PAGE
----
The Ideal Temperature For Whipping Cream, According To Science

Making homemade whipped cream is like a magic trick — turning heavy buttercream into an airy mound of fluff that melts in your mouth. And since there's just no substitute for the texture, it's a trick that every baker must master. You don't need many tools and just one ingredient, but you do need one key tip to get the best result — the cream must be chilled, more precisely, under 50 degrees Fahrenheit, to get great whipped cream. 

Cream has clusters of butterfat molecules suspended in liquid, and the whipping action breaks them apart and pushes air between them. Cold clusters of fat molecules stick together to hold the air in place, but if the cream warms up, the butterfat melts and can no longer contain the bubbles. This melting action starts to take place above 50 degrees Fahrenheit, which is why cream below that point whips up the best.

Chill everything well for the best whip

Making sure your cream is cold is a great first step to the best whipped cream. Your refrigerator should be keeping foods at 40 degrees Fahrenheit anyhow, but don't pull your carton out too early in prep and forget about it. If you have, or your kitchen is on the warm side, it's great insurance to chill the bowl and whisk to ensure the cream stays nice and chilly.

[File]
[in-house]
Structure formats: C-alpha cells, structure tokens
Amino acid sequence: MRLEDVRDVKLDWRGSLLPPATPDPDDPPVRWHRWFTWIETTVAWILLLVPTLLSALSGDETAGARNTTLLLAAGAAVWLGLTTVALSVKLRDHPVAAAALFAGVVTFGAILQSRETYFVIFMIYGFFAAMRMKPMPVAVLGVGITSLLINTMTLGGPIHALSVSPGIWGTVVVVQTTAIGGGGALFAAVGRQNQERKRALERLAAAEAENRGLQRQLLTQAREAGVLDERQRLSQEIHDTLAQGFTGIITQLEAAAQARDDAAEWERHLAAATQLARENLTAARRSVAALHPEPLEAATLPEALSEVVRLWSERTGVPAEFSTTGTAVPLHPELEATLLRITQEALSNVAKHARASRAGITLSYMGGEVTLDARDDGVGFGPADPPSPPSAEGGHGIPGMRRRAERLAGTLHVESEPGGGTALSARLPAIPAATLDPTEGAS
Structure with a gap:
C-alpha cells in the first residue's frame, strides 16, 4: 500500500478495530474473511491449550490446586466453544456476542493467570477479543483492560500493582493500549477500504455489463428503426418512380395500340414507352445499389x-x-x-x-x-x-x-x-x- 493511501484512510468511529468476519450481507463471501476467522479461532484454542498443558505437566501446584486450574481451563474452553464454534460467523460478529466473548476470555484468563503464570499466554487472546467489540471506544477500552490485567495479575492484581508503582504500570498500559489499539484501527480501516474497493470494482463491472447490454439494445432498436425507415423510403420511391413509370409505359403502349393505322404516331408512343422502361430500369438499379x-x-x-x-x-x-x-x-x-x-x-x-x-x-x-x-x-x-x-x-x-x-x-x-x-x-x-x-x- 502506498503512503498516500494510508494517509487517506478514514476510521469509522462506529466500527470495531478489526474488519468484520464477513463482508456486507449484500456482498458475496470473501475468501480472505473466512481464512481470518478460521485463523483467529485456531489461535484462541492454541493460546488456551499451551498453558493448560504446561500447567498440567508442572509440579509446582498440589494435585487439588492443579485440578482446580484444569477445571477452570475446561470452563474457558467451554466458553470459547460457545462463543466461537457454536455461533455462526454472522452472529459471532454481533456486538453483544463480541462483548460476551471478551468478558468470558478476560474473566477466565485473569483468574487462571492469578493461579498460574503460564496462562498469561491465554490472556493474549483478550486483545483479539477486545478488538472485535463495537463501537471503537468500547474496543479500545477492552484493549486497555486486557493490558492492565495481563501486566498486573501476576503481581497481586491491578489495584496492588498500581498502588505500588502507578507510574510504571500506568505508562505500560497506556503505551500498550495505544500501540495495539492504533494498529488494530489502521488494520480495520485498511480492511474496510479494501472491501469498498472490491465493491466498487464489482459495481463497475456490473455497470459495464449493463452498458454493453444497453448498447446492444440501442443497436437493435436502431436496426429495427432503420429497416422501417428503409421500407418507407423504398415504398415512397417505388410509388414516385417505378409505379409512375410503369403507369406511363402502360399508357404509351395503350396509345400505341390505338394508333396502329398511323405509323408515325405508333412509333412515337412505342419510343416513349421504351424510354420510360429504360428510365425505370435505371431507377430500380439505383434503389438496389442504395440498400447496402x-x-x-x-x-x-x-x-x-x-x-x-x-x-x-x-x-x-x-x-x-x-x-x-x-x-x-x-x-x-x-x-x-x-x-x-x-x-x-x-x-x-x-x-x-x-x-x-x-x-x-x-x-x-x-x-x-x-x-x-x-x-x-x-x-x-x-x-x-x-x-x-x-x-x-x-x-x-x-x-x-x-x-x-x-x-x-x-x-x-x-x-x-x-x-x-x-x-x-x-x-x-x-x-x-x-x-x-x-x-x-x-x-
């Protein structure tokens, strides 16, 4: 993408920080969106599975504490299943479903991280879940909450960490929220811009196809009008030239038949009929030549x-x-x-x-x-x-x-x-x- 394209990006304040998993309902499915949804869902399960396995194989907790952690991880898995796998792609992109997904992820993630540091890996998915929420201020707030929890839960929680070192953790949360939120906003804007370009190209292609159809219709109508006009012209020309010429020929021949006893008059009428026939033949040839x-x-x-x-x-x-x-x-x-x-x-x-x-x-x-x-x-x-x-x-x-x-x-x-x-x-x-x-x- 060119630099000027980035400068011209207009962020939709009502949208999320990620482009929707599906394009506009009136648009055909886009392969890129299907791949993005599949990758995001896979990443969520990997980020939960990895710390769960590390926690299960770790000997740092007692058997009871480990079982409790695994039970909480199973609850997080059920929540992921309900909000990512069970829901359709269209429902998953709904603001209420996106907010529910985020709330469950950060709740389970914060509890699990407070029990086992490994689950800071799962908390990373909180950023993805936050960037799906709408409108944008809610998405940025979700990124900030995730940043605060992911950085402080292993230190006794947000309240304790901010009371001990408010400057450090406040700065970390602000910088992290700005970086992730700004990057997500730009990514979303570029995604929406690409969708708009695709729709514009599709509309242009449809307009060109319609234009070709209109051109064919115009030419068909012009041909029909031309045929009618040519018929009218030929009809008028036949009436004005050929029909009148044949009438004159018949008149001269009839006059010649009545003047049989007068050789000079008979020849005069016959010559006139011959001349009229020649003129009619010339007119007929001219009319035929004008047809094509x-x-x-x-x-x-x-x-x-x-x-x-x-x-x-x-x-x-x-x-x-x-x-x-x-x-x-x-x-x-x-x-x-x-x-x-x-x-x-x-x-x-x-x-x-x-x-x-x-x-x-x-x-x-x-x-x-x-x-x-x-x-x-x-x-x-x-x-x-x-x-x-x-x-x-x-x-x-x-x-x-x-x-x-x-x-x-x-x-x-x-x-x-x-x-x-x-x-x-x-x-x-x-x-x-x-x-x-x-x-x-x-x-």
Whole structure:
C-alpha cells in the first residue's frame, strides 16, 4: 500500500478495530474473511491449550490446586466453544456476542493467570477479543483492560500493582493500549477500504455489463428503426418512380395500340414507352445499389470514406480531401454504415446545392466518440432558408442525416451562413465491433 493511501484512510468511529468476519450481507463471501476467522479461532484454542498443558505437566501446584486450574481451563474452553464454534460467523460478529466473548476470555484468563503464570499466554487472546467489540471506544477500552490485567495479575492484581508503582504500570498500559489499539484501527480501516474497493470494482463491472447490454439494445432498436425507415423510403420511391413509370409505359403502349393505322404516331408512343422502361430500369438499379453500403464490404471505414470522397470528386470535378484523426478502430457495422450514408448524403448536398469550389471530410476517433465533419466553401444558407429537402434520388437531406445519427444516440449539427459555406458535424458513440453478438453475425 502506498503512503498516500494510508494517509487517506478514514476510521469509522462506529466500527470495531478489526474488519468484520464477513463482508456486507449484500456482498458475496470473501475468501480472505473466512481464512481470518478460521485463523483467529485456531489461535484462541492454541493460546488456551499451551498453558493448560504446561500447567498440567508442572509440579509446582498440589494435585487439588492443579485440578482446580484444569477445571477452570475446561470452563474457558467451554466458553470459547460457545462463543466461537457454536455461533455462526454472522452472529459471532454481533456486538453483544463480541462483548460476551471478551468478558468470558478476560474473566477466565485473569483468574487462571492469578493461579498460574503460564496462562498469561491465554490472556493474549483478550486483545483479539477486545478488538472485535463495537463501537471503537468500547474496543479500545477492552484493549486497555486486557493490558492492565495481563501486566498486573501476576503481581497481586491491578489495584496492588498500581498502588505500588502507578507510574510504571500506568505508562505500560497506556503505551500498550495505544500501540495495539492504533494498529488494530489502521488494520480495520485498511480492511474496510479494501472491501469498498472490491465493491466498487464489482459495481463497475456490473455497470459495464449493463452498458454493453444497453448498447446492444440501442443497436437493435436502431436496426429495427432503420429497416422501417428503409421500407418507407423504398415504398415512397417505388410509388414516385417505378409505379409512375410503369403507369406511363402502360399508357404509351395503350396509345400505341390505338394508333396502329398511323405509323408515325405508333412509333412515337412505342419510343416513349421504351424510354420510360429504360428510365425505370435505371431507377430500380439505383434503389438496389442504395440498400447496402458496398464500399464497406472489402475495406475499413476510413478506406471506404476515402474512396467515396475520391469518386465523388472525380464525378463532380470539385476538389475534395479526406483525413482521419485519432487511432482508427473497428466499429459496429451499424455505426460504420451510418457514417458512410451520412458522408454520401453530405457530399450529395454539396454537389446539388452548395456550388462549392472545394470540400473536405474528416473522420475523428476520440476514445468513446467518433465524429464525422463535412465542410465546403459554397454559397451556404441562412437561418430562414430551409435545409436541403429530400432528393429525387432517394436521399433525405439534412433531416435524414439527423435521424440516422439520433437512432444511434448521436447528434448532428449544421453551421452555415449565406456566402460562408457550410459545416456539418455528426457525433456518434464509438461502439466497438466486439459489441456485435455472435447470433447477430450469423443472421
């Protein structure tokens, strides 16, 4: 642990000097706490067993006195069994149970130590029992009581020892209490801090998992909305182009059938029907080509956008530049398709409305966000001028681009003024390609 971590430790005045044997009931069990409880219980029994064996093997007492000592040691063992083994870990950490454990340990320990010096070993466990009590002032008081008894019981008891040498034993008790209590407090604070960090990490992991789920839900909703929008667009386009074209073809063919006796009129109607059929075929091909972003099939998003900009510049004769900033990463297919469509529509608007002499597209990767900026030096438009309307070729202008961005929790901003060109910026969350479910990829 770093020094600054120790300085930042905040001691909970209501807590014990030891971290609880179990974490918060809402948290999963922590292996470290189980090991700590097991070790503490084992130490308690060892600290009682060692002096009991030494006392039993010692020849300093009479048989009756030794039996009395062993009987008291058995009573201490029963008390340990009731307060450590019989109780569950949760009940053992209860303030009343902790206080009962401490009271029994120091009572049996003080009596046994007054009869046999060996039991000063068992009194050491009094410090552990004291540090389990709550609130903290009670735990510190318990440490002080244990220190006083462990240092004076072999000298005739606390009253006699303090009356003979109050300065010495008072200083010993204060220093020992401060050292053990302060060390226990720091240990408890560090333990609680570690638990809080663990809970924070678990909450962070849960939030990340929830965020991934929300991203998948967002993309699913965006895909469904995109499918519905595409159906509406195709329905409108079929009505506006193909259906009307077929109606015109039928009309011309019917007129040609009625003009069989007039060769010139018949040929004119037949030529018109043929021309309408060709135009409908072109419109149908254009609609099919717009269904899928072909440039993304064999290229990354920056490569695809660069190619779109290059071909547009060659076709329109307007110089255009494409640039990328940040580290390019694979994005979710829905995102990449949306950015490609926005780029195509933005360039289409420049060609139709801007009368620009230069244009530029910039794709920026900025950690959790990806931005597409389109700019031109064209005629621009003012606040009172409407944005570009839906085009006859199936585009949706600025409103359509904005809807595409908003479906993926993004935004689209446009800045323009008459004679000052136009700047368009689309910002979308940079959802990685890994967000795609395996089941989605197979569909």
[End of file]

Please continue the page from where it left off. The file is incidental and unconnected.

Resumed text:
So what happens if you try to whip cream that's warmer than 50 degrees? You'll need to work harder, first of all, whisking longer to get the air bubbles into the cream which has the added problem of further heating up the whole project. The resulting whipped cream won't have as much air whipped into it, so the result will be denser, with less airy softness. The chilled fat globules that hold the air in place also hold the watery components where they are, so warmer whipped cream will have a grainy consistency. Chilling your cream makes such a difference, and doesn't even take much planning — just remember not to bring the cream out too early when you whip up your next batch!